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Ḥasan Kāfī al-Āqḥiṣārī

Edited by ʿAlī Akbar Ḍīyāʿī

Ḥasan Kāfī al-Āqḥiṣārī (951-1025/1544-1616) was born in Āqhiṣār, present-day Prusac in Bosnia, then part of the Ottoman empire. After his elementary training he went to Istanbul, studying under a number of established scholars there, focussing on law. After completing his studies he went back to Āqḥiṣār where he founded his own school in 983/1575. Eight years later he was appointed judge of Aqḥiṣār, and five years after that he transferred to the district of Srem to assume a judgeship there, writing and teaching on the side. At the outbreak of the rebellion of Moldavia and Wallachia against the Ottomans in 1004/1495 he quit his post as judge of Srem to return to Āqḥiṣār. It is there that he compiled the present collection of aphorisms, anecdotes and traditions on good governance, being the right balance between the four different ‘interest groups’ in any given society: military, administration, peasants, and traders/artisans.

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Sayyid Muḥammad Mahdī al-Ḥusaynī al-Ṭabāṭabāʾī

Edited by Sabine Schmidtke and Riḍā Pūrjavādī

In the history of Islam, Muslim-Jewish polemics have been documented from the earliest times and studies on this subject abound. The present work is a case in point. In the spring of the year 1211/1796, the famous Shīʿī scholar Sayyid Muḥammad Mahdī al-Ḥusaynī al-Ṭabāṭabāʾī (d. 1212/1797) was on his way from Mashhad to visit the holy shrine of Imam Ḥusayn in Karbala, accompanied by a flock of his senior students. When they reached the town of al-Kifl, less than 20 km north of Najaf and home to a community of over 3.000 Jews, a delegation of the latter came to see Ṭabāṭabāʾī in the caravanserai where was staying, wishing to engage in a debate with him. The text presented here is an account of Ṭabāṭabāʾī’s detailed listing of the contradictions and errors in Judaism as seen by him, a listing that remained largely unanswered. Arabic text, with a Persian translation from before 1238/1822-3.

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Najm al-Dīn al-Nasafī

Edited by Yūsuf al-Hādī

In the Arabic literary tradition, biographies form a class of their own and have always been widely used. Whether about a single person or about some group, their shared objective was to provide an authoritative account of someone’s lineage, social or literary career, academic or religious background or affiliation, or connection to some historic event. As examples one could mention Ibn Hishām’s (d. 218/834) Sīrat Muḥammad rasūli ʼllāh, Ibn Abī Uṣaybiʿa’s (d. 668/1270) Kitāb ʿuyūn al-anbāʾ fī ṭabaqāt al-aṭibbāʾ, or Nūr al-Dīn al-Ṭūkhī’s (d. ca 900/1494) Quḍāt Miṣr. The author of the present work, Najm al-Dīn al-Nasafī (d. 537/1142-43), was a long-time resident of Samarqand and widely known and respected as jurist. He wrote more than 30 works, in Persian and in Arabic. The present volume contains an inventory of ḥadīth scholars bearing some connection to Samarqand. Its importance lies mainly in the many names of people, places, and books which are otherwise entirely unknown.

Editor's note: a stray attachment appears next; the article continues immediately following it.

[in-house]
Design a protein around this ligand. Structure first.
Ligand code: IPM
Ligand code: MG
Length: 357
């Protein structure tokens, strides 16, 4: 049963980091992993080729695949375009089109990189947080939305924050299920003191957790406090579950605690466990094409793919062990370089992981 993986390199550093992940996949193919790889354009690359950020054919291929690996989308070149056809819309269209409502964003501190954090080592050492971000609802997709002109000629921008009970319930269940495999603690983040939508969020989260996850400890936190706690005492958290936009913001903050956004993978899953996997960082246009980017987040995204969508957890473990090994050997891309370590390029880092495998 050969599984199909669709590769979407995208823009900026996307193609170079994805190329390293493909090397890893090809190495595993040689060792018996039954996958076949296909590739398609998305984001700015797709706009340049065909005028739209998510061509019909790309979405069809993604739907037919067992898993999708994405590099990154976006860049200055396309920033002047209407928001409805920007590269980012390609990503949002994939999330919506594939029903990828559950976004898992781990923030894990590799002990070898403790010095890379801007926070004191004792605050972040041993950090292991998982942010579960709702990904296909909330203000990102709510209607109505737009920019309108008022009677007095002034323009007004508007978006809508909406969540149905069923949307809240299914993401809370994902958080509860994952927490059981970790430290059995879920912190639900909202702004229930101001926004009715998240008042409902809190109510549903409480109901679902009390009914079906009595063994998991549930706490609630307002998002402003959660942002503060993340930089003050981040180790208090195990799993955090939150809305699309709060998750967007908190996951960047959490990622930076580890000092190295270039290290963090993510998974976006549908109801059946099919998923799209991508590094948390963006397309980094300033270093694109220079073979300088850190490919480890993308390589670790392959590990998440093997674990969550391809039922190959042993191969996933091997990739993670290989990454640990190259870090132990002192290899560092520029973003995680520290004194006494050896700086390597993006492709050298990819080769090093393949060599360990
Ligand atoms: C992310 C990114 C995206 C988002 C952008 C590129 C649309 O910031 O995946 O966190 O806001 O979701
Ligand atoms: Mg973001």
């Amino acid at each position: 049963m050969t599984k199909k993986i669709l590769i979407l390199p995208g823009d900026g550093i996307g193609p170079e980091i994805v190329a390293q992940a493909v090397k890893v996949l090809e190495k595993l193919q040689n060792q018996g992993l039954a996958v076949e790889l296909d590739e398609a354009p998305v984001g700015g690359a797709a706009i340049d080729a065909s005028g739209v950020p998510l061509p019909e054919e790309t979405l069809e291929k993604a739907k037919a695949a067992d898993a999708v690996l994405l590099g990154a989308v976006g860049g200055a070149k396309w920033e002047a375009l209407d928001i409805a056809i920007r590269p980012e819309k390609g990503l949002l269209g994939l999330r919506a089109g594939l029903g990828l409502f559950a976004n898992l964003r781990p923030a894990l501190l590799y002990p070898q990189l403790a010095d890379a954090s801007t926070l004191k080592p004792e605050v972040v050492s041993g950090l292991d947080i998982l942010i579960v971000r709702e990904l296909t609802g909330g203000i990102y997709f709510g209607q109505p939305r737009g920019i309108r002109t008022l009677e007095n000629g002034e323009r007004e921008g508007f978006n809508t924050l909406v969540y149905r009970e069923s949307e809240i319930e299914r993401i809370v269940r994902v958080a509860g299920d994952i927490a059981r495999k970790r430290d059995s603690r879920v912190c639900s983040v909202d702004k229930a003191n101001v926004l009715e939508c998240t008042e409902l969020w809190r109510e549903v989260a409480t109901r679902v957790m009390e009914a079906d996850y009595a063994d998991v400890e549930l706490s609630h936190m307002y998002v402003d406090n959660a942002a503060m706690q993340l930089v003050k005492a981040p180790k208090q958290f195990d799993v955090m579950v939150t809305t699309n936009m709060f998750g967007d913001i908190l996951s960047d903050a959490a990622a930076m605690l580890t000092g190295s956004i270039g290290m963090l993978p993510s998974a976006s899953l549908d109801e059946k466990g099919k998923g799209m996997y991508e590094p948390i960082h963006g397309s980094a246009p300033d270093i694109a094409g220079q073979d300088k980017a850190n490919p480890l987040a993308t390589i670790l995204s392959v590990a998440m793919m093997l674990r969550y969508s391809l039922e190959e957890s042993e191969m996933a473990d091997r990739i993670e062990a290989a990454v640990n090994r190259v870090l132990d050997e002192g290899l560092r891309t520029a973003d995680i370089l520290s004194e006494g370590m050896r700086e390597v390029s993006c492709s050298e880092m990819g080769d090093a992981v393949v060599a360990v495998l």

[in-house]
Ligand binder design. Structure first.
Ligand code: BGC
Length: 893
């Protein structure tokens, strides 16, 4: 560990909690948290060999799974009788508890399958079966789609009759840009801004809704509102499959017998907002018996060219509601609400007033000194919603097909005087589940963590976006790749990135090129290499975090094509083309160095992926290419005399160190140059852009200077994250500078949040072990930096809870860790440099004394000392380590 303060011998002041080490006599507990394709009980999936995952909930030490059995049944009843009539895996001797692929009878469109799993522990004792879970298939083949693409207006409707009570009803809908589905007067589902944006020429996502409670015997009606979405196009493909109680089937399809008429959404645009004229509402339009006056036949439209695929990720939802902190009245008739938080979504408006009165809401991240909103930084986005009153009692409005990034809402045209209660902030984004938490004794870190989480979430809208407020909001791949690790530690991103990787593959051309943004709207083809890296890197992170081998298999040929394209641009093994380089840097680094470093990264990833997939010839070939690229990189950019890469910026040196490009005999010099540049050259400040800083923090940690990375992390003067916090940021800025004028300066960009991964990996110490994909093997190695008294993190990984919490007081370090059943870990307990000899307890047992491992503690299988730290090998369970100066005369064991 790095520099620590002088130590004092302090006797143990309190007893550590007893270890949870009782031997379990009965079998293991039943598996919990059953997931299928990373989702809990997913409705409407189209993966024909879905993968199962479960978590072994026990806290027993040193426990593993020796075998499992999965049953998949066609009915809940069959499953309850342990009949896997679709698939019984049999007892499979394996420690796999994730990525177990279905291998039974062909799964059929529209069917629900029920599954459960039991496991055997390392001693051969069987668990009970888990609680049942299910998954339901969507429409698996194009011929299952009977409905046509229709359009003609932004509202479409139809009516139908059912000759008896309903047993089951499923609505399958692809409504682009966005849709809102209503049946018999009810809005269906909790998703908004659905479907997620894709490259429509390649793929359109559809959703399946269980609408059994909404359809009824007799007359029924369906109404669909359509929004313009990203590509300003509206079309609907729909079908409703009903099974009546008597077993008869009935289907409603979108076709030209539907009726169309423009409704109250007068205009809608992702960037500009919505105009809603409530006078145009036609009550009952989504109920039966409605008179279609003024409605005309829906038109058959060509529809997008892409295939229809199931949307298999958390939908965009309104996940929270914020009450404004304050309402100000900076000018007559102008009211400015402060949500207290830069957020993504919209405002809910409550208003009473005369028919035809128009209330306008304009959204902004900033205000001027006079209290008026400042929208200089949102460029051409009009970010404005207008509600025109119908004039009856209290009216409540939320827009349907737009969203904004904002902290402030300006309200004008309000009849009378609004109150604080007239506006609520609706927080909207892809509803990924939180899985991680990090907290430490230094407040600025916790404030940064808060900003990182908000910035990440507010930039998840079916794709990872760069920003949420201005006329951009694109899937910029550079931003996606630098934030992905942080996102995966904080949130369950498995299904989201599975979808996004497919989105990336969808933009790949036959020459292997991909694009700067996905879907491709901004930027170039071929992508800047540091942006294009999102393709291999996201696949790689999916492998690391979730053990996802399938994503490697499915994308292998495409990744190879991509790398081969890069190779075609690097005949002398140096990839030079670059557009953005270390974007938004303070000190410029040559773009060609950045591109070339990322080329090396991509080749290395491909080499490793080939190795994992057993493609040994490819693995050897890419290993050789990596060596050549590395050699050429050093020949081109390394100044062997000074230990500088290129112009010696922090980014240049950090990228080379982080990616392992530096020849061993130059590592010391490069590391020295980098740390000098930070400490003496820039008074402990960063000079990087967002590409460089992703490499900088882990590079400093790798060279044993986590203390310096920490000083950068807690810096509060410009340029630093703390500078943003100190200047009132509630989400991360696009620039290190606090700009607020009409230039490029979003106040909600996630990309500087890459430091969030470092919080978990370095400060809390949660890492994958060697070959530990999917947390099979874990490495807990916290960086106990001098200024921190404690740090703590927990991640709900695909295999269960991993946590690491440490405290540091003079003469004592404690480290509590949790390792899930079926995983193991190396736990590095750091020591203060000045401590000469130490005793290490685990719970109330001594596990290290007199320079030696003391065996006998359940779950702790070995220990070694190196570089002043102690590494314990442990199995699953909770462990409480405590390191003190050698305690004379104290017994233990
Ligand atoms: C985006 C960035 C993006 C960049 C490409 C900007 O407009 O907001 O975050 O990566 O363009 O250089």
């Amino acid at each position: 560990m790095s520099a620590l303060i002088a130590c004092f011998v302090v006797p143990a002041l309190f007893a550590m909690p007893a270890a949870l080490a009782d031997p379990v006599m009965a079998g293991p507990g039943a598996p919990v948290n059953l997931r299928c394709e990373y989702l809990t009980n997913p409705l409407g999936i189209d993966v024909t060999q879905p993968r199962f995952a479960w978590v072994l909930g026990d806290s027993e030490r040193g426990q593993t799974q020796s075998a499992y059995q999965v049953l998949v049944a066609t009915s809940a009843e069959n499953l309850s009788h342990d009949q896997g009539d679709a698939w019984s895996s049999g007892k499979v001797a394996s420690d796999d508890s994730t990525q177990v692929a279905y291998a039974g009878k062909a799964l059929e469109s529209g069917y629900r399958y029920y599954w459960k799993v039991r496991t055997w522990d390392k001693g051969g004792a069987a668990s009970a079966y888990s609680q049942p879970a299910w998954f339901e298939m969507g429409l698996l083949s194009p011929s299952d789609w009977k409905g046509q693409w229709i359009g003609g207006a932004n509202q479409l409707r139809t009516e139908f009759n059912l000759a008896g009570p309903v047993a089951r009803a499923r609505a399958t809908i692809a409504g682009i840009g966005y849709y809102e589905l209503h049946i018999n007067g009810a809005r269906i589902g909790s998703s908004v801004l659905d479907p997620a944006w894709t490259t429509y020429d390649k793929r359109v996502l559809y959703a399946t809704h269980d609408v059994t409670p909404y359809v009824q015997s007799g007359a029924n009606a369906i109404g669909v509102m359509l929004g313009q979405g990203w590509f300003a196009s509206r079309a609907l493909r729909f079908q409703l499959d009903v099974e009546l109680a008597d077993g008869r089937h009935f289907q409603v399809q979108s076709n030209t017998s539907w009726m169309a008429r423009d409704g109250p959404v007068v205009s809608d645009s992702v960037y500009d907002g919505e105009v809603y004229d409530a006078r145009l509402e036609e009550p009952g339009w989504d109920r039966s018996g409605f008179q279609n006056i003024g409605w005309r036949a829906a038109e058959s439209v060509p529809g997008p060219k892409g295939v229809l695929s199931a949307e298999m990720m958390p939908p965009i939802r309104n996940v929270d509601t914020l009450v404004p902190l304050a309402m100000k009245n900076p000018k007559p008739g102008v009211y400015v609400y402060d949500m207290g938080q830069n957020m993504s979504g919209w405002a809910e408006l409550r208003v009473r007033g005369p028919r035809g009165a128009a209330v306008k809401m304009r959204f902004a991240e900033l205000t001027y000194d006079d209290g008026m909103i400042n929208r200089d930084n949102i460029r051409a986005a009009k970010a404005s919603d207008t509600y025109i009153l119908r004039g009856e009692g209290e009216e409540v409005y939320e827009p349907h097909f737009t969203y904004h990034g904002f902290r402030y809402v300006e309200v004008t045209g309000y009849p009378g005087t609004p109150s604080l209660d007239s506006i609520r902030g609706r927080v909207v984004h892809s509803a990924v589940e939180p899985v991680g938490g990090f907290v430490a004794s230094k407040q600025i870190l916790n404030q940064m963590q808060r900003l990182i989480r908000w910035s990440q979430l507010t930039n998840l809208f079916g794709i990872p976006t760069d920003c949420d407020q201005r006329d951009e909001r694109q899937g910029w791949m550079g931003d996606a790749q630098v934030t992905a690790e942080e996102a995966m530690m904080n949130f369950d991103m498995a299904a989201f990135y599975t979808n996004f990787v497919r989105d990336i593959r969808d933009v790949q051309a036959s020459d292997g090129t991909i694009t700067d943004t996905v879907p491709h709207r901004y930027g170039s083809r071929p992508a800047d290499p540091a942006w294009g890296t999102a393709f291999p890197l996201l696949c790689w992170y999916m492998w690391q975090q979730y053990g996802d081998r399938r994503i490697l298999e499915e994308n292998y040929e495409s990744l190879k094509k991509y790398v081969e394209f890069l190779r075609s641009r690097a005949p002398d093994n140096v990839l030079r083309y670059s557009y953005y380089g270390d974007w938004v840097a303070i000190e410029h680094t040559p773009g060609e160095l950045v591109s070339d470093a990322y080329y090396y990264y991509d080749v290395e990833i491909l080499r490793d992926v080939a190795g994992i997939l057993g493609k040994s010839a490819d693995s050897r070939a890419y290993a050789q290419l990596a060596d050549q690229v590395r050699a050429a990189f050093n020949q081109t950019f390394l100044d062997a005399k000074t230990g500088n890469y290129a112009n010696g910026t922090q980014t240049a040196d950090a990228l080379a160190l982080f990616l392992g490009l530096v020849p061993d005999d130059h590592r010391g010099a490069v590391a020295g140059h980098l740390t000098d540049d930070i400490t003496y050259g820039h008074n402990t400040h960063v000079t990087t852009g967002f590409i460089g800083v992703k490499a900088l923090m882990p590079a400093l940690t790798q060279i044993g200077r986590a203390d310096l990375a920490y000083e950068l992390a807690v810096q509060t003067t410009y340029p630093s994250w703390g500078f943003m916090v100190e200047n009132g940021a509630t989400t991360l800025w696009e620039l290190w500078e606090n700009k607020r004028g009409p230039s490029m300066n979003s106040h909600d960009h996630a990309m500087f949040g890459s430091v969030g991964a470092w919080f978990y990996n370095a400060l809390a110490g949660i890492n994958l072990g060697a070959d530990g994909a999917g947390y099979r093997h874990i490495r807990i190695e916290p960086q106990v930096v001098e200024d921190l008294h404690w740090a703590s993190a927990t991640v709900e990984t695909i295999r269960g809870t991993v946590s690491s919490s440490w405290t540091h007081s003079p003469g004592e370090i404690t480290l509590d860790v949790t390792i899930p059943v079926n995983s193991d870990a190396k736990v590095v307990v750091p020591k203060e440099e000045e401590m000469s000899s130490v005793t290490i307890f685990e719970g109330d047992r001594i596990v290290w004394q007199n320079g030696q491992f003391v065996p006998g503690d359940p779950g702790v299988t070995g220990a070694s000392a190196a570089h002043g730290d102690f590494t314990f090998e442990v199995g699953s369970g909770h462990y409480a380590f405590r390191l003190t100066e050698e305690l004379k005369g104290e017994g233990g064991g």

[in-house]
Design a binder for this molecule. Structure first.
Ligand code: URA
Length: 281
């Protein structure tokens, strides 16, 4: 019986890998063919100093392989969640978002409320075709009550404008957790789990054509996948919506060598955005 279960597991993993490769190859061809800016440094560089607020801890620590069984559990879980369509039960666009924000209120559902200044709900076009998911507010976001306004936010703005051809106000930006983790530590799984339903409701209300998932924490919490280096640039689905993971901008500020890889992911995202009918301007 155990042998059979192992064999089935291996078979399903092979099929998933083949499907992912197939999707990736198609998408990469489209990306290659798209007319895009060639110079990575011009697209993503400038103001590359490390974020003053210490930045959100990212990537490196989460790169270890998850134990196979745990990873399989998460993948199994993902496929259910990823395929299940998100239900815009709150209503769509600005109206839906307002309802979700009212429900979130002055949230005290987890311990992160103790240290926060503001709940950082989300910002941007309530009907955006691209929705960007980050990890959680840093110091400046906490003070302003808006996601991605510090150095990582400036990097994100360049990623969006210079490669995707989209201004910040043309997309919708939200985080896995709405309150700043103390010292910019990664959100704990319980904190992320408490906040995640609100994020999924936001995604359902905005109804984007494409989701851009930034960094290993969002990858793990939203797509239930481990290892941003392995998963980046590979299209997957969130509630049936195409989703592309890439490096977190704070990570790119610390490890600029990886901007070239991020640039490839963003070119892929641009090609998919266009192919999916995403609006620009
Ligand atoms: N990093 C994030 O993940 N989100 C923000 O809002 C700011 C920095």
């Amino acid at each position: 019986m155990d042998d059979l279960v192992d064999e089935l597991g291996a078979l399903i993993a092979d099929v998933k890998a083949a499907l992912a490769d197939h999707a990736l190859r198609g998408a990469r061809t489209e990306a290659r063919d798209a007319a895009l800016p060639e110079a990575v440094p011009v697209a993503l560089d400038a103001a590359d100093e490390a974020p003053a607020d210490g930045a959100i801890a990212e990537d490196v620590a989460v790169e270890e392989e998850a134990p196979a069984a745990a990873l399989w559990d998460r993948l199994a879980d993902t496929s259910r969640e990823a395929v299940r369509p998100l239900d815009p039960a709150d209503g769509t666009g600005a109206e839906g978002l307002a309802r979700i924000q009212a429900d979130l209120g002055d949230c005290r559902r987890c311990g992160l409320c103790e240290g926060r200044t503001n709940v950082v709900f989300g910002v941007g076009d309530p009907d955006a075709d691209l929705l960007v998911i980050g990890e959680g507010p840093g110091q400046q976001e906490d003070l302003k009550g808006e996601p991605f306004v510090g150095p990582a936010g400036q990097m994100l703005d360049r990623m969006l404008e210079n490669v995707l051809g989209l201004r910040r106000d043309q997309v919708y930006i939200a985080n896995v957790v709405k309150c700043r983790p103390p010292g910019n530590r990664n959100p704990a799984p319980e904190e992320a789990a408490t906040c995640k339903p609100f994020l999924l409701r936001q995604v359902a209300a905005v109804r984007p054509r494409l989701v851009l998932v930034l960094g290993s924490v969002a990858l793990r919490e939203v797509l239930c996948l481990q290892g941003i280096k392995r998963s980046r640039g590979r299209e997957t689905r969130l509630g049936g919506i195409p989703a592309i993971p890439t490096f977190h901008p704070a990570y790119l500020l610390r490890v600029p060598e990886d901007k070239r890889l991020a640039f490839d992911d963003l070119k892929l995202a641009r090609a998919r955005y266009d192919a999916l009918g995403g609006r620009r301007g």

Kitāb al-waḥshiyyāt

Nuskha bar gardān bih qaṭʿ-i aṣl-i nuskha-yi khaṭṭi-yi kitābkhāna-yi shakhṣi-yi Dr. Waḥīd Dhulfiqārī kitābat 550 H

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Abū Tammām

Edited by Muḥammad Riḍā Abūʿī Mihrīzī, Vaḥīd Ḍūlfaqārī, Aḥmad Mahdavī Dāmghānī and Muḥammad ʿAlī Āḏarshab

The Arab poet and anthologist Abū Tammām (d. 231/845) was born in Jāsim in Syria, between Damascus and Darʿā. After a first period as a weavers’ assistant in Damascus and as a water-seller in Cairo, studying poetry on the side, he had his breakthough as a poet after his return to Syria in the time of al-Muʿtaṣim billāh (r. 218-27/833-42). Considered as the greatest panegyrist of his time, he sang the praises of the caliph and many other public figures of his age. Besides Egypt, Abū Tammām also travelled to other regions, his most celebrated sojourn being in Hamadan where he compiled his famous poetic anthology the Kitāb al-ḥamāsa. The present work is a similar compilation by him, though smaller and much less known. Edited previously on the basis of one manuscript from Istanbul, the present facsimile edition is of a second manuscript, this time from Yazd. Some folios missing but good readings, interesting marginalia.

Kitāb al-Masālik wa l-mamālik by Abū Isḥāq al-Iṣṭakhrī

Viae regnorum: descriptio ditionis Moslemicae / auctore Abu Ishák al-Fárisí al-Istakhrí. M.J. De Goeje's Classic Edition (1870)

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Edited by M.J. de Goeje

Little is known about the life of Abū Isḥāq Ibrāhīm b. Muḥammad al-Iṣṭakhrī, the author of Kitāb al-Masālik wa l-mamālik, which was written towards the end of the first half of the 10th century CE. The work built on the earlier concept of the “atlas of Islam”, which it developed further. The climates ( iqlīm) it describes are no longer those of Ptolemean geography, but, reflecting the Iranian tradition, refer to geographical entities or “countries”. Also reflecting the author’s background—whose most common nisba is al-Fārisī—Iran holds a favoured position on this work. Published in 1870, the present edition by M.J. de Goeje was the first volume in the first series of the Bibliotheca Geographorum Arabicorum.